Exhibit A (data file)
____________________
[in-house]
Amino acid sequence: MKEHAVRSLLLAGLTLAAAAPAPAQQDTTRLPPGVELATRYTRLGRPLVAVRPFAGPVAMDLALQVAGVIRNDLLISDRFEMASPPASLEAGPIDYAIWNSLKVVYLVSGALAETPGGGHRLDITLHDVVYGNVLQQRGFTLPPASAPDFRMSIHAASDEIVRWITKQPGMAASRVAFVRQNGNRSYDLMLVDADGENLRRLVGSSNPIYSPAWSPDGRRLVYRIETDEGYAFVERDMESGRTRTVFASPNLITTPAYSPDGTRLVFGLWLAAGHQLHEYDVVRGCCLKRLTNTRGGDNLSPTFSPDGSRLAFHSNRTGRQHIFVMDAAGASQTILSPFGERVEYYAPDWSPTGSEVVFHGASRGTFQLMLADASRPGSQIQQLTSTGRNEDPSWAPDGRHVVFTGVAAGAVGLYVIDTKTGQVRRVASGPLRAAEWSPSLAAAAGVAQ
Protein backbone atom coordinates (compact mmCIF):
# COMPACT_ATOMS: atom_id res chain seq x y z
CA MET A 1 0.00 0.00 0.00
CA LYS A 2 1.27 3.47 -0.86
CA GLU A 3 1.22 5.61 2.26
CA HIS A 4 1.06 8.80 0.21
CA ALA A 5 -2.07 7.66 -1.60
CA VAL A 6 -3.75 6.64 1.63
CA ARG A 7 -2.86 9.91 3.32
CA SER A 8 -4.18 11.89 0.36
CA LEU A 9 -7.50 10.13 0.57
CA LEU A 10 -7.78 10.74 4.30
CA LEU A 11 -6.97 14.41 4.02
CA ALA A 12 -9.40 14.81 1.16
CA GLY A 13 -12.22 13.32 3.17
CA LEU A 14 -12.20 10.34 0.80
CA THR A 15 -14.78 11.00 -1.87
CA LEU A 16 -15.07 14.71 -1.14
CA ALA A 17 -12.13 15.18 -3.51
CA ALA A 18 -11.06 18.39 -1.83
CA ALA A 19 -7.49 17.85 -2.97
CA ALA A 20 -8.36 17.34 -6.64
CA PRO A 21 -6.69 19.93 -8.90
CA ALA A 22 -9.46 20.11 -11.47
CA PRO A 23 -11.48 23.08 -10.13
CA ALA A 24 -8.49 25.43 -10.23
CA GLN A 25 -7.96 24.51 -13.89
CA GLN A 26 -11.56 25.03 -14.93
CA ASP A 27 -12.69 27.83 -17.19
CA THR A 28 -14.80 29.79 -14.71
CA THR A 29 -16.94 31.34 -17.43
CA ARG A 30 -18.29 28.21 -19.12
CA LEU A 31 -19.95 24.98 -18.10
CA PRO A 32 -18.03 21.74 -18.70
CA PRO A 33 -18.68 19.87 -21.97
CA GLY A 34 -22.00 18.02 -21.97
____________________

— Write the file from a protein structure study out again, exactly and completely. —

[in-house]
Amino acid sequence: MKEHAVRSLLLAGLTLAAAAPAPAQQDTTRLPPGVELATRYTRLGRPLVAVRPFAGPVAMDLALQVAGVIRNDLLISDRFEMASPPASLEAGPIDYAIWNSLKVVYLVSGALAETPGGGHRLDITLHDVVYGNVLQQRGFTLPPASAPDFRMSIHAASDEIVRWITKQPGMAASRVAFVRQNGNRSYDLMLVDADGENLRRLVGSSNPIYSPAWSPDGRRLVYRIETDEGYAFVERDMESGRTRTVFASPNLITTPAYSPDGTRLVFGLWLAAGHQLHEYDVVRGCCLKRLTNTRGGDNLSPTFSPDGSRLAFHSNRTGRQHIFVMDAAGASQTILSPFGERVEYYAPDWSPTGSEVVFHGASRGTFQLMLADASRPGSQIQQLTSTGRNEDPSWAPDGRHVVFTGVAAGAVGLYVIDTKTGQVRRVASGPLRAAEWSPSLAAAAGVAQ
Protein backbone atom coordinates (compact mmCIF):
# COMPACT_ATOMS: atom_id res chain seq x y z
CA MET A 1 0.00 0.00 0.00
CA LYS A 2 1.27 3.47 -0.86
CA GLU A 3 1.22 5.61 2.26
CA HIS A 4 1.06 8.80 0.21
CA ALA A 5 -2.07 7.66 -1.60
CA VAL A 6 -3.75 6.64 1.63
CA ARG A 7 -2.86 9.91 3.32
CA SER A 8 -4.18 11.89 0.36
CA LEU A 9 -7.50 10.13 0.57
CA LEU A 10 -7.78 10.74 4.30
CA LEU A 11 -6.97 14.41 4.02
CA ALA A 12 -9.40 14.81 1.16
CA GLY A 13 -12.22 13.32 3.17
CA LEU A 14 -12.20 10.34 0.80
CA THR A 15 -14.78 11.00 -1.87
CA LEU A 16 -15.07 14.71 -1.14
CA ALA A 17 -12.13 15.18 -3.51
CA ALA A 18 -11.06 18.39 -1.83
CA ALA A 19 -7.49 17.85 -2.97
CA ALA A 20 -8.36 17.34 -6.64
CA PRO A 21 -6.69 19.93 -8.90
CA ALA A 22 -9.46 20.11 -11.47
CA PRO A 23 -11.48 23.08 -10.13
CA ALA A 24 -8.49 25.43 -10.23
CA GLN A 25 -7.96 24.51 -13.89
CA GLN A 26 -11.56 25.03 -14.93
CA ASP A 27 -12.69 27.83 -17.19
CA THR A 28 -14.80 29.79 -14.71
CA THR A 29 -16.94 31.34 -17.43
CA ARG A 30 -18.29 28.21 -19.12
CA LEU A 31 -19.95 24.98 -18.10
CA PRO A 32 -18.03 21.74 -18.70
CA PRO A 33 -18.68 19.87 -21.97
CA GLY A 34 -22.00 18.02 -21.97